Wild God trails and half-world journeys

As some of you may have noticed, December saw a flurry of attention for the poem ‘Sometimes a Wild God.’ I’m really not sure quite what happened, but I know that facebook was heavily involved. The site went from getting about 250 views each week to almost 20,000 just before Christmas. Yes, 20,000. Thankfully, we’re back down to about 100 a day now. Phew.

Perhaps it was the solstice, perhaps it was some fortuitous conjunction of the outer stars. Perhaps it’s just a mystery and that’s that, but I’m glad – there’s nothing that feeds a writer’s self-belief more than having lots of people from all over the world saying how much they like the writer’s work. And – in the wake of four years’ studying and a distinct lack of soul-nourishing-deep-water-poetry-inspiring time, for all that I’ve managed to drag up the occasional word-nugget from the poetry-veins deep beneath Black Mountain – that praise, my friends, has been like nectar. I’ve begun writing again and paying more attention to the poetry than I have in a long time. Thank you all for your kind words and for spreading the Wild God words in your circles.

One of the delights of this attention has been that a few people have used Sometimes  a Wild God as a departure point for their own work or given readings of the poem at a variety of events over the last few months. There are probably many more than I’ve heard about, so do get in touch if you’re aware of any funky doings based on the poem, but here are just a couple that have crossed my path. I’d intended to gather a whole compendium of Wild God happenings, but time and the pressure of an imminent journey have proved too much for me. There are some other related projects in the pipeline that I can’t tell you more about yet (a stage production based on the poem, for example, something that’s been brewing for over a year now, or the band in the States that are using Sometimes a Wild God in the liner notes of their next album…) and more things to come, such as the book of the poem that Rima and I are planning to put out later in the year, but here’s a couple of Wild God offerings for you to peruse as you will…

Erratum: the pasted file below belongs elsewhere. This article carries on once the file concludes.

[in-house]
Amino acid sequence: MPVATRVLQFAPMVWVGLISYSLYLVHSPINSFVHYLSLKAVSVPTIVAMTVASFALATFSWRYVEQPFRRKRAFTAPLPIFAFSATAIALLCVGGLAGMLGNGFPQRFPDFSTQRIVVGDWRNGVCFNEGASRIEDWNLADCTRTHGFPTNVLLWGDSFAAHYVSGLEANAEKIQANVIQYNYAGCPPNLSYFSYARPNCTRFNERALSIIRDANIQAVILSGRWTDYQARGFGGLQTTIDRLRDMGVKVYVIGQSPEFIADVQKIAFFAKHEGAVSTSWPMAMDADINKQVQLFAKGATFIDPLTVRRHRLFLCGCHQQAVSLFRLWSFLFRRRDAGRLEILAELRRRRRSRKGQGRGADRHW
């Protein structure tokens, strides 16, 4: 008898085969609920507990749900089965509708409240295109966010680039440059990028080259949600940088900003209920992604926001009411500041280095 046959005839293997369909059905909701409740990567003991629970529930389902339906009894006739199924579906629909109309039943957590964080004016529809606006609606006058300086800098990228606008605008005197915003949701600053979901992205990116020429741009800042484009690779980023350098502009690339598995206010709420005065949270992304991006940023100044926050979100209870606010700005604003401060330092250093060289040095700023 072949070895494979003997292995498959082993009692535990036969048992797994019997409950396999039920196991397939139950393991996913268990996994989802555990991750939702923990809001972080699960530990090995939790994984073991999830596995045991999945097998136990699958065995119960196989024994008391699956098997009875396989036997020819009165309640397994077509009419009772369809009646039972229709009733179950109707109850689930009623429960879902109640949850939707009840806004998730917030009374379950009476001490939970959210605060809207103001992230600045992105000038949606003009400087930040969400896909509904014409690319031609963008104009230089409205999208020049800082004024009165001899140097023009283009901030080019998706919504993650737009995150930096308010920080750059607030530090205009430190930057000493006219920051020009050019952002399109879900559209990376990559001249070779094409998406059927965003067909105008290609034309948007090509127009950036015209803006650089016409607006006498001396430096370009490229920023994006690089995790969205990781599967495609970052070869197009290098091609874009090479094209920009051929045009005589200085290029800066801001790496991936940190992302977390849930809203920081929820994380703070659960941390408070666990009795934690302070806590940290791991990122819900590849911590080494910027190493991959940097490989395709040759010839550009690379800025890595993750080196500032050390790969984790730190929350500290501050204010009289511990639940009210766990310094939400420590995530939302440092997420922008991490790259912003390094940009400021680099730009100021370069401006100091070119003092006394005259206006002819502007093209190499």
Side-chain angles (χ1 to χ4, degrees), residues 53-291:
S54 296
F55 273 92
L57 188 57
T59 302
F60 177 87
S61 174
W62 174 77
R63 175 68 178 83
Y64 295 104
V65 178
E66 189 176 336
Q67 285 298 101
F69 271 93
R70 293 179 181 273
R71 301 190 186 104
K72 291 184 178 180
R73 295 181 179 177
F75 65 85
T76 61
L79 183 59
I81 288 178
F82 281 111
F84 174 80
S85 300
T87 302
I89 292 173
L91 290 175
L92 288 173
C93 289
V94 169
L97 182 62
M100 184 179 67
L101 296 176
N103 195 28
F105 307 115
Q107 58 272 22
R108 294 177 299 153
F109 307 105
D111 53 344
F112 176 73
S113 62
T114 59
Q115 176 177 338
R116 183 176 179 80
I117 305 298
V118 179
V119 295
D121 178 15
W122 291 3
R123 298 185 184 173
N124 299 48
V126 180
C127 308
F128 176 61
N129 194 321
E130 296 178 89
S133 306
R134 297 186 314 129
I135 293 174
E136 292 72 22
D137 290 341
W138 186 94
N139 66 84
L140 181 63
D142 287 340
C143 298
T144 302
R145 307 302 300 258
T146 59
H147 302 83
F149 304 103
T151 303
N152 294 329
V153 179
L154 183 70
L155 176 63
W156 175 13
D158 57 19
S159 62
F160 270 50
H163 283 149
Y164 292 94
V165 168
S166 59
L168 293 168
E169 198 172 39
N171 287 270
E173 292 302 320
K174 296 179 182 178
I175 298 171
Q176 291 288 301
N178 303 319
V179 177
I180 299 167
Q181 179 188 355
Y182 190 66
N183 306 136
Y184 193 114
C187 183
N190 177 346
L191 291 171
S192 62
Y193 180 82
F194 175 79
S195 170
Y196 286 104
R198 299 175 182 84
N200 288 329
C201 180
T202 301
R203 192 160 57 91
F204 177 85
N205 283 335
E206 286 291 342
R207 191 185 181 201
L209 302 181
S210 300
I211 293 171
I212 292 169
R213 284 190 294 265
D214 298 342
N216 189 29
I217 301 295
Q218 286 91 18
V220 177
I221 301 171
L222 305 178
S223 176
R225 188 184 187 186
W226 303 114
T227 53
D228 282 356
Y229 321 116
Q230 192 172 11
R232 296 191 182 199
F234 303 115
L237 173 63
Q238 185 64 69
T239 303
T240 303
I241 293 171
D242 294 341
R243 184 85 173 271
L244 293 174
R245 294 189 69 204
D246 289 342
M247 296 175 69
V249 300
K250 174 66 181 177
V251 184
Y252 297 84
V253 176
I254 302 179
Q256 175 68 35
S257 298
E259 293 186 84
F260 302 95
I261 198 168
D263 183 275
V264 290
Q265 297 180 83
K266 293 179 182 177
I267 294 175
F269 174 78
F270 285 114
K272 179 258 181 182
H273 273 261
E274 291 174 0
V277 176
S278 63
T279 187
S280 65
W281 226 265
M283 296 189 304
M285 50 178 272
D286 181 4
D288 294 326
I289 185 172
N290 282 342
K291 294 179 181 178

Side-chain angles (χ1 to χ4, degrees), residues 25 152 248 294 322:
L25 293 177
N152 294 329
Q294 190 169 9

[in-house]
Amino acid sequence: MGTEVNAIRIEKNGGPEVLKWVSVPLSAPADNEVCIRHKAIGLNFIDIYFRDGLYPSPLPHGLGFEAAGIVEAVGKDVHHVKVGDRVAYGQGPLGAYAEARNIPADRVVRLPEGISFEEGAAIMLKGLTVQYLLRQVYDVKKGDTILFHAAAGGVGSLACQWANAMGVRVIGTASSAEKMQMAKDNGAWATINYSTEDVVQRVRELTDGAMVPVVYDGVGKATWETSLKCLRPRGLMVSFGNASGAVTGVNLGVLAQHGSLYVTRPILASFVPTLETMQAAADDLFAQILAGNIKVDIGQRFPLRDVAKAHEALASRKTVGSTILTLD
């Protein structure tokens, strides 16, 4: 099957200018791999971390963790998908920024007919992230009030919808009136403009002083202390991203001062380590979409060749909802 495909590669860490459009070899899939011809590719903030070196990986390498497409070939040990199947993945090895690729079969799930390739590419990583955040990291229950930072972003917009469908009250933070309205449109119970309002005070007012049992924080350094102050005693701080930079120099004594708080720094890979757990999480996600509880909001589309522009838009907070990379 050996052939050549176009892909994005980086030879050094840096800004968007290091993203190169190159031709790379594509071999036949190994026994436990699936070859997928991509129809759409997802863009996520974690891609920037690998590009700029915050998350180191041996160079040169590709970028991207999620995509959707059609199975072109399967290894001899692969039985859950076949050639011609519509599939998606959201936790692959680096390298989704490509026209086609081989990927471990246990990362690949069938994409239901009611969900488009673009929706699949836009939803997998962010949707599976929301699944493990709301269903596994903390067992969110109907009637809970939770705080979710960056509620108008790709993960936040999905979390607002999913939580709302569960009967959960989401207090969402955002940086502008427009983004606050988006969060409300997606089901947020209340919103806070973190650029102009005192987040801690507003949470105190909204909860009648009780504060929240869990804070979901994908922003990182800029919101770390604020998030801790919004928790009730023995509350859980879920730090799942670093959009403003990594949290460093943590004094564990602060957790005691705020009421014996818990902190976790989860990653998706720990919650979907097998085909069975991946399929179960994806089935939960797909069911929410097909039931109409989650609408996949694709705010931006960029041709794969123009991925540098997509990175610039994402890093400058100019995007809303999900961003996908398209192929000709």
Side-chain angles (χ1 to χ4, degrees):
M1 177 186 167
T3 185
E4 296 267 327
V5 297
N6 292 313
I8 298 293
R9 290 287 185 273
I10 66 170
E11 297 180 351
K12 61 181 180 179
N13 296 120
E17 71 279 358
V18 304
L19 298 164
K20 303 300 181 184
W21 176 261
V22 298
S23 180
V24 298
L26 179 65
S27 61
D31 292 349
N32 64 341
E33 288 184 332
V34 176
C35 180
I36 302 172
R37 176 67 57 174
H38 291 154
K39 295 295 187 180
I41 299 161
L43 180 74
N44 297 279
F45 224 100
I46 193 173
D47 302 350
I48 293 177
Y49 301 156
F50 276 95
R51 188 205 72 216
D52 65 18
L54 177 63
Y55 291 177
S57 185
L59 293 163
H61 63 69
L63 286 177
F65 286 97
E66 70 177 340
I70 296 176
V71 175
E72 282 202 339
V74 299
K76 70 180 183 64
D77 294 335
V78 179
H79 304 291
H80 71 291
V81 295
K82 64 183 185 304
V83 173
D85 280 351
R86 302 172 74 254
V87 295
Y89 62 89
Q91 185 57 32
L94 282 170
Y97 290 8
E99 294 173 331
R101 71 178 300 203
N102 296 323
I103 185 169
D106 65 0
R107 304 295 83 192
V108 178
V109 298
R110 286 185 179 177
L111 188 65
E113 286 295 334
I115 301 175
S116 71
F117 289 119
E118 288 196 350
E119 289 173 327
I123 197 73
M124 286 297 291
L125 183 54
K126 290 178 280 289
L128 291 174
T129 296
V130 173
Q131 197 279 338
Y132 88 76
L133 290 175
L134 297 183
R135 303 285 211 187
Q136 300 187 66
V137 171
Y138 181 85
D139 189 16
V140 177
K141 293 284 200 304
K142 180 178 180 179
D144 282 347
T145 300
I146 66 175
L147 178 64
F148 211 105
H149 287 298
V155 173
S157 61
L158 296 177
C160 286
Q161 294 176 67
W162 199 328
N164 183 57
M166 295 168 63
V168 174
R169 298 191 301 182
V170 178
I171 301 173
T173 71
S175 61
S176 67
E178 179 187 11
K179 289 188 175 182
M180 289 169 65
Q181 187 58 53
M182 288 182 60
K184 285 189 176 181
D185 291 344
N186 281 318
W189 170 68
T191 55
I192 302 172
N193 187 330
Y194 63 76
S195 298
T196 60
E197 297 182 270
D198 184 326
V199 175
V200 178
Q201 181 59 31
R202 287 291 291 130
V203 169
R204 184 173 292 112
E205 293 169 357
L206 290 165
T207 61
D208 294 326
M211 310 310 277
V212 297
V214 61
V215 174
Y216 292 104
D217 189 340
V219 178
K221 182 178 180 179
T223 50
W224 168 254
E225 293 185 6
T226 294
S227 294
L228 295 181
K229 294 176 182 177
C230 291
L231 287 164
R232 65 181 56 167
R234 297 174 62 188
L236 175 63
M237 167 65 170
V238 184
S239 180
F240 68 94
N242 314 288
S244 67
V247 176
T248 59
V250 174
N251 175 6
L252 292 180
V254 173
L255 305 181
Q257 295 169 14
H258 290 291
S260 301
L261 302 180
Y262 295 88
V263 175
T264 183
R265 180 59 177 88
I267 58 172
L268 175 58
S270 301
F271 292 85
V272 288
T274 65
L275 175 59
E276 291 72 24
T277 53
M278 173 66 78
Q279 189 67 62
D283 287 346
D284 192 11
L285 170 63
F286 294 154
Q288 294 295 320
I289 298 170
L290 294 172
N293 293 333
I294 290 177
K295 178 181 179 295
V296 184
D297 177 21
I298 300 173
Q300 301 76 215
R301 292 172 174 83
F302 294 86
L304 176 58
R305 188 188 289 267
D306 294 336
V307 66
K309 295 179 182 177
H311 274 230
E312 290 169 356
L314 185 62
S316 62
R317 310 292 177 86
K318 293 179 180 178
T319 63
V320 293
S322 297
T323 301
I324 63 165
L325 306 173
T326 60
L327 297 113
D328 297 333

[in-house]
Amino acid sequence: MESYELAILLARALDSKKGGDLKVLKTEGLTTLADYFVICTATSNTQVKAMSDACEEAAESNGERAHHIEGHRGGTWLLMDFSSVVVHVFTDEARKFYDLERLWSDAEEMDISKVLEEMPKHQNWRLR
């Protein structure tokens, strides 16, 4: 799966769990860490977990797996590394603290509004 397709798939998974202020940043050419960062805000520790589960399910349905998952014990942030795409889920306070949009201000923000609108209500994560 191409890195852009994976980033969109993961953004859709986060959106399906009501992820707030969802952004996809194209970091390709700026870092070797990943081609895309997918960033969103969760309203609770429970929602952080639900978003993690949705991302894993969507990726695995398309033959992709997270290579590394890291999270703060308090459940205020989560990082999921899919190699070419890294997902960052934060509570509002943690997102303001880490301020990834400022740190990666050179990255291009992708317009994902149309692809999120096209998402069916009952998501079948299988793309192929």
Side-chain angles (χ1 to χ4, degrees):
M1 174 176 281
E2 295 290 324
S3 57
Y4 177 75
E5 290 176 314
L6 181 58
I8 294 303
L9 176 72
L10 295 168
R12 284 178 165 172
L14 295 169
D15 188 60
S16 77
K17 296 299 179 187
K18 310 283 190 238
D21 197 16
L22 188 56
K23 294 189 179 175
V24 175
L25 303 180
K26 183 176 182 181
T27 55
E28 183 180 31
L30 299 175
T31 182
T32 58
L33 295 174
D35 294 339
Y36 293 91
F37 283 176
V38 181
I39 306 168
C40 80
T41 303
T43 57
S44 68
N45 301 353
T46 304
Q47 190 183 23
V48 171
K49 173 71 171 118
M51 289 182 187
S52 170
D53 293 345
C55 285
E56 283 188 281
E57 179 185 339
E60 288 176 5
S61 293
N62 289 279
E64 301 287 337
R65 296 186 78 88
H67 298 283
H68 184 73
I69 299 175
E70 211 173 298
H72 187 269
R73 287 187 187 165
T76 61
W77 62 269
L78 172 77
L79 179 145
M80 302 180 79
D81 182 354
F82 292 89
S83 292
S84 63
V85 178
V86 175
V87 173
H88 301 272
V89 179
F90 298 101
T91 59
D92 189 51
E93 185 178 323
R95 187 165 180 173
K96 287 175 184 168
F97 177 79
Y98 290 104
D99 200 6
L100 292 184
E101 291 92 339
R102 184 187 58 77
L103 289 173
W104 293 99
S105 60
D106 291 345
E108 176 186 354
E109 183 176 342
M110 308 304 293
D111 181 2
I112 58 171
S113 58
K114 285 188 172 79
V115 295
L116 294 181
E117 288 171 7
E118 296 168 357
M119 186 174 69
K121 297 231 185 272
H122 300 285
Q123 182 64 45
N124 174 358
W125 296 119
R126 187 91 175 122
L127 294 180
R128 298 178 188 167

Just before Christmas, I came across this reading of the poem by Mark Lewis. I didn’t know about it until Terri Windling (a local artist, writer and blogger who some of you will know already) told me about it in passing, assuming I knew. It was the first time I’d heard my work in someone else’s voice, which is a mighty strange experience, but it’s done well and I enjoyed hearing it.

More recently, Jinn Bugg wrote to ask if I’d mind if she used the poem as a springboard for a series of photographs with Ron Whitehead as the model. Mind? I was delighted. You can see some of the pictures here  and more in her facebook album. I see prog-heathen album covers galore in this series – contact details are on her page

Sometimes a Wild God - He Does Not Know the Ways of Porcelain - photo by Jinn Bugg, words by Coyopa
‘He Does Not Know the Ways of Porcelain’ by Jinn Bugg

Yesterday we left our blue-eyed lurcher and our Devon home to begin two months of much-needed holiday in New Zealand, where Rima has family. Today, we’re in London and tonight we fly. I can’t quite believe it, as proper holidays are definitely something that other people have, but our tickets seem to be real and our suitcases are definitely made of more than dreams, so it appears that we will actually soon be off.

Eyes see the world differently at times of arrival or departure. Looking out over the Dartmoor landscape yesterday, preparing to leave it for two months, I saw the land as if I had been seeing it only dimly for months. What a land it is! I shall miss it and will miss seeing the still point of Winter turning to the miracle of Spring’s first heartbeat. I shall miss our incredible community and our home, and Macha. But, I think, somehow, I’ll struggle on…

Struggles on stoically...


18 thoughts on “Wild God trails and half-world journeys

  1. Sent by Celestine and the Hare, I am happy to have found the reading of your poem. May we all hope that a wild god will find our door and table before much more time evaporates. It is a moving poem. Congratulations on the book. Wishing you much success.

  2. As I read Wild God I thought … this is my new Christmas poem. I’m not a Christian and having been with Robert Frost s But God’s Own Descent for years, I am delighted. How great to have a way into the Jesus myth for this pagan.

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